It’s ThanksWeek here on the blog, where I reach back into the archives and pull out some of my favorite posts of gratitude (which would be an awesome name for a Bibleman weapon: “Step back, you evildoers, lest I unleash my Posts of Gratitude™!”)

Today’s flashback is a timely and bittersweet one. It was twelve years ago today that my mom finally saw Jesus face to face. This post originally appeared on the ten year anniversary of her death: November 20, 2010.

 

Ten years later, I still remember eating hot Krispy Kremes while walking down a cold and windy sidewalk to Nashville’s Baptist Hospital.

Ten years later, I remember laughing when she said, “If Gore wins the recount, don’t wake me up.”

Ten years later, I remember praying for her just before her surgery.  I remember that her pain was worse that day than it had been in her short eleven month battle with cancer.  I remember the surgical team wheeling her out of the room.  I remember her looking at us and saying what would be her final words:

“Y’all be good.”

Ten years later, I remember a nurse asking us to come into the consultation room.  I remember a doctor in his scrubs, holding his khakis over his arm, explaining that there were complications…that they had done everything they could.  I remember my sister’s voice, trembling, shaking:

“Are you telling me my mother is dead?”

Ten years later, I still remember that detached, out-of-body experience, as if I was watching my family’s grief…my grief…from the corner of the room.  I remember the exact prayer that I prayed as I put my hand on my dad’s shoulder and held him tight:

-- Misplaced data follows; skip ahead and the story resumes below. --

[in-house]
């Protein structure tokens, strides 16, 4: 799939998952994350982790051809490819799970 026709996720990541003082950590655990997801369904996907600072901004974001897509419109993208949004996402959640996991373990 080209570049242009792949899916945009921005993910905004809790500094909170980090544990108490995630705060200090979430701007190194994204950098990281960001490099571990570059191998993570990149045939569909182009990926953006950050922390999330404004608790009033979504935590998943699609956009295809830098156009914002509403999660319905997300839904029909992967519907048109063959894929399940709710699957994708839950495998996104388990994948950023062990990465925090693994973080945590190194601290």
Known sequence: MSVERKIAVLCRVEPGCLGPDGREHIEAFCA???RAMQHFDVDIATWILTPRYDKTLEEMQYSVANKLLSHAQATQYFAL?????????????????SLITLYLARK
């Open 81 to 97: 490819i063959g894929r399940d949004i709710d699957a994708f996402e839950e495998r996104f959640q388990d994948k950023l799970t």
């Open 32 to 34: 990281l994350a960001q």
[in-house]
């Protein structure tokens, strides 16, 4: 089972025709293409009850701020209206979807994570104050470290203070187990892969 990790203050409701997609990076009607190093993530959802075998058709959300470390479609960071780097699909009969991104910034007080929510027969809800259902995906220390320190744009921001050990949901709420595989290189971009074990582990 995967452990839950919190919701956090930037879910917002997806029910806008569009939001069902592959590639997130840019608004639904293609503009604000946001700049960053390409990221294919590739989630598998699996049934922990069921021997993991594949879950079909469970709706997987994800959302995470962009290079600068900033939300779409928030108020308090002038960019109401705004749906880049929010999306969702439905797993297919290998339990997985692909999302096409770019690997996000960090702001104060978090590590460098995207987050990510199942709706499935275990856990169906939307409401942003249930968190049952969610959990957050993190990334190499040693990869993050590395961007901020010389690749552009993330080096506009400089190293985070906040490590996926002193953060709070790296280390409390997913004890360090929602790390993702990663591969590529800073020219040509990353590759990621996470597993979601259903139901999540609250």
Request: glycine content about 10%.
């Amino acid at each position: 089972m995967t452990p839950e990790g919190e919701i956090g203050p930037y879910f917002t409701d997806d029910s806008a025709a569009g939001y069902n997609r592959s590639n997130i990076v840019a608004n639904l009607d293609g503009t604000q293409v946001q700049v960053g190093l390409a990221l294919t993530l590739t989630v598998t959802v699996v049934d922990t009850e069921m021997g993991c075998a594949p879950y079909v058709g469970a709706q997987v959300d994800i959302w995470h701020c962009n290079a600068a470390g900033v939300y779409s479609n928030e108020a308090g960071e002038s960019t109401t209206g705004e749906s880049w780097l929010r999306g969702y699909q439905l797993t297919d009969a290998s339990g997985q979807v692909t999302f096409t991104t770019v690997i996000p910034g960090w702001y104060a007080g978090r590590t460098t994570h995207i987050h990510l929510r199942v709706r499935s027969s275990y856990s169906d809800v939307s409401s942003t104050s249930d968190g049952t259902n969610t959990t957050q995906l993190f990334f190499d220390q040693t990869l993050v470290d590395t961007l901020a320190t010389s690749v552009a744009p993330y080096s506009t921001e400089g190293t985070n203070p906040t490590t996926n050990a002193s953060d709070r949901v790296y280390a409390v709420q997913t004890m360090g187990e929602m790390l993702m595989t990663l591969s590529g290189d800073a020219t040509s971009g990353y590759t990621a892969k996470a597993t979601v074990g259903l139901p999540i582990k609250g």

“Father, nothing has happened today that didn’t first filter through your holy hand…”

Ten years later, I still cry sometimes.  I still laugh sometimes.  I still think about her every single day.  I still catch myself picking up the phone to tell her about something that she’d want to know about.  Something she’d want to pray about.  Something she’d want to laugh about.

Ten years later, I find it hard to believe that we’ve had two houses she’s never seen.  A seminary campus she never visited.  A church she’s never heard of.  A grandchild she’s never met.

Ten years later, I remember her infectious sense of humor.  I remember her love for my dad.  I remember her pride in her kids.  I remember her joy in her grandchildren.

Ten years later, I remember her passionate devotion to Jesus.  I remember her commitment to the gospel even as she suffered.  I remember her paraphrase of Philippians 1:21, something she repeated often:

“If I live, I win.  If I die, I win.”

Ten years later, I remember burying her the day before Thanksgiving.  I remember preaching her funeral, trying to narrow down 27 years worth of memories in 15 minutes.  I remember looking at the faces of nearly 600 friends and family, sharing the gospel with the people that had come to honor her.  People she’d prayed for.  Souls she’d begged God for.  Witnessing opportunities she’d labored for.

Ten years later, I remember standing in a freezing graveyard under a bright blue sky.  I remember her body being put into the crypt.  I remember the numbness.  The sorrow.  And the certain hope of seeing her again.

Ten years later, and it’s November 20, 2010.  She would have been 70 years and six months old today.  She and my dad would have celebrated their 51st wedding anniversary this past spring.  She would be planning a special dinner for my brother’s 50th birthday tomorrow.  She would be keeping tabs on nine grandchildren in two different states, and be gleefully anticipating Christmas, undoubtedly her favorite time of the year.

Ten years later, and I still miss her.  I still thank God for her.  I still talk to my kids about her.  I still love her.

Ten years later, and the legacy of a godly woman extends beyond her grave.

Her children rise up and call her blessed; her husband also, and he praises her: “Many women have done excellently, but you surpass them all.”

Charm is deceitful, and beauty is vain, but a woman who fears the Lord is to be praised. (Proverbs 31:28-30)

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